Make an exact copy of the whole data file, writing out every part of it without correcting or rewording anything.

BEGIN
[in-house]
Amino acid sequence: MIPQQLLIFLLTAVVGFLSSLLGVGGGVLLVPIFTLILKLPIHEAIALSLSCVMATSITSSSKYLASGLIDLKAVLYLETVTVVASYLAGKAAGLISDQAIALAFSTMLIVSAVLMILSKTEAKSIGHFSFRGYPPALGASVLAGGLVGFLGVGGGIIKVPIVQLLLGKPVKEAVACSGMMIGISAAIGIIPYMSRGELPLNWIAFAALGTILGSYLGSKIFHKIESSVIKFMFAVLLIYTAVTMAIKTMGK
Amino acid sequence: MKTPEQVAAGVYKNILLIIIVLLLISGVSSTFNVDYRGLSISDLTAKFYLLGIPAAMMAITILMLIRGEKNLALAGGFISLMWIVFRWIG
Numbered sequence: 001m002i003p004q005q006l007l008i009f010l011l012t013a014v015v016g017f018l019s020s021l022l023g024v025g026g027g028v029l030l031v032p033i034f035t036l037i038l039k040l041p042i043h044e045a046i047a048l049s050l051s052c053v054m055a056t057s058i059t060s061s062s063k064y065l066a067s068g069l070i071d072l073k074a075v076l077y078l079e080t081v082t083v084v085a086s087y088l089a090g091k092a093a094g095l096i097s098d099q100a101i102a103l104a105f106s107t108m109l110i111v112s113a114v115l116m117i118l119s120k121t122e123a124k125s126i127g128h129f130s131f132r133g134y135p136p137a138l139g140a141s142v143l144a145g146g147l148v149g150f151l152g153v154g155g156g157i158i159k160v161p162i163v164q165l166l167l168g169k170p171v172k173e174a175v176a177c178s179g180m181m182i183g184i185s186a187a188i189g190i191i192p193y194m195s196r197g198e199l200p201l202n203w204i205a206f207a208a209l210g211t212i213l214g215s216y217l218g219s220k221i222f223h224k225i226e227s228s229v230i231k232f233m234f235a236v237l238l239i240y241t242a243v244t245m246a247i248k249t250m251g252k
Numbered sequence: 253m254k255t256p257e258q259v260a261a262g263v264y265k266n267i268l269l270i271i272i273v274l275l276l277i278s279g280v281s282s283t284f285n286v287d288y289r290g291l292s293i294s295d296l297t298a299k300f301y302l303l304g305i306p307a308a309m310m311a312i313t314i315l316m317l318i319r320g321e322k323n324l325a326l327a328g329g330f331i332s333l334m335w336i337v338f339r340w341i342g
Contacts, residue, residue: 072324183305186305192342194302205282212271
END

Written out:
[in-house]
Amino acid sequence: MIPQQLLIFLLTAVVGFLSSLLGVGGGVLLVPIFTLILKLPIHEAIALSLSCVMATSITSSSKYLASGLIDLKAVLYLETVTVVASYLAGKAAGLISDQAIALAFSTMLIVSAVLMILSKTEAKSIGHFSFRGYPPALGASVLAGGLVGFLGVGGGIIKVPIVQLLLGKPVKEAVACSGMMIGISAAIGIIPYMSRGELPLNWIAFAALGTILGSYLGSKIFHKIESSVIKFMFAVLLIYTAVTMAIKTMGK
Amino acid sequence: MKTPEQVAAGVYKNILLIIIVLLLISGVSSTFNVDYRGLSISDLTAKFYLLGIPAAMMAITILMLIRGEKNLALAGGFISLMWIVFRWIG
Numbered sequence: 001m002i003p004q005q006l007l008i009f010l011l012t013a014v015v016g017f018l019s020s021l022l023g024v025g026g027g028v029l030l031v032p033i034f035t036l037i038l039k040l041p042i043h044e045a046i047a048l049s050l051s052c053v054m055a056t057s058i059t060s061s062s063k064y065l066a067s068g069l070i071d072l073k074a075v076l077y078l079e080t081v082t083v084v085a086s087y088l089a090g091k092a093a094g095l096i097s098d099q100a101i102a103l104a105f106s107t108m109l110i111v112s113a114v115l116m117i118l119s120k121t122e123a124k125s126i127g128h129f130s131f132r133g134y135p136p137a138l139g140a141s142v143l144a145g146g147l148v149g150f151l152g153v154g155g156g157i158i159k160v161p162i163v164q165l166l167l168g169k170p171v172k173e174a175v176a177c178s179g180m181m182i183g184i185s186a187a188i189g190i191i192p193y194m195s196r197g198e199l200p201l202n203w204i205a206f207a208a209l210g211t212i213l214g215s216y217l218g219s220k221i222f223h224k225i226e227s228s229v230i231k232f233m234f235a236v237l238l239i240y241t242a243v244t245m246a247i248k249t250m251g252k
Numbered sequence: 253m254k255t256p257e258q259v260a261a262g263v264y265k266n267i268l269l270i271i272i273v274l275l276l277i278s279g280v281s282s283t284f285n286v287d288y289r290g291l292s293i294s295d296l297t298a299k300f301y302l303l304g305i306p307a308a309m310m311a312i313t314i315l316m317l318i319r320g321e322k323n324l325a326l327a328g329g330f331i332s333l334m335w336i337v338f339r340w341i342g
Contacts, residue, residue: 072324183305186305192342194302205282212271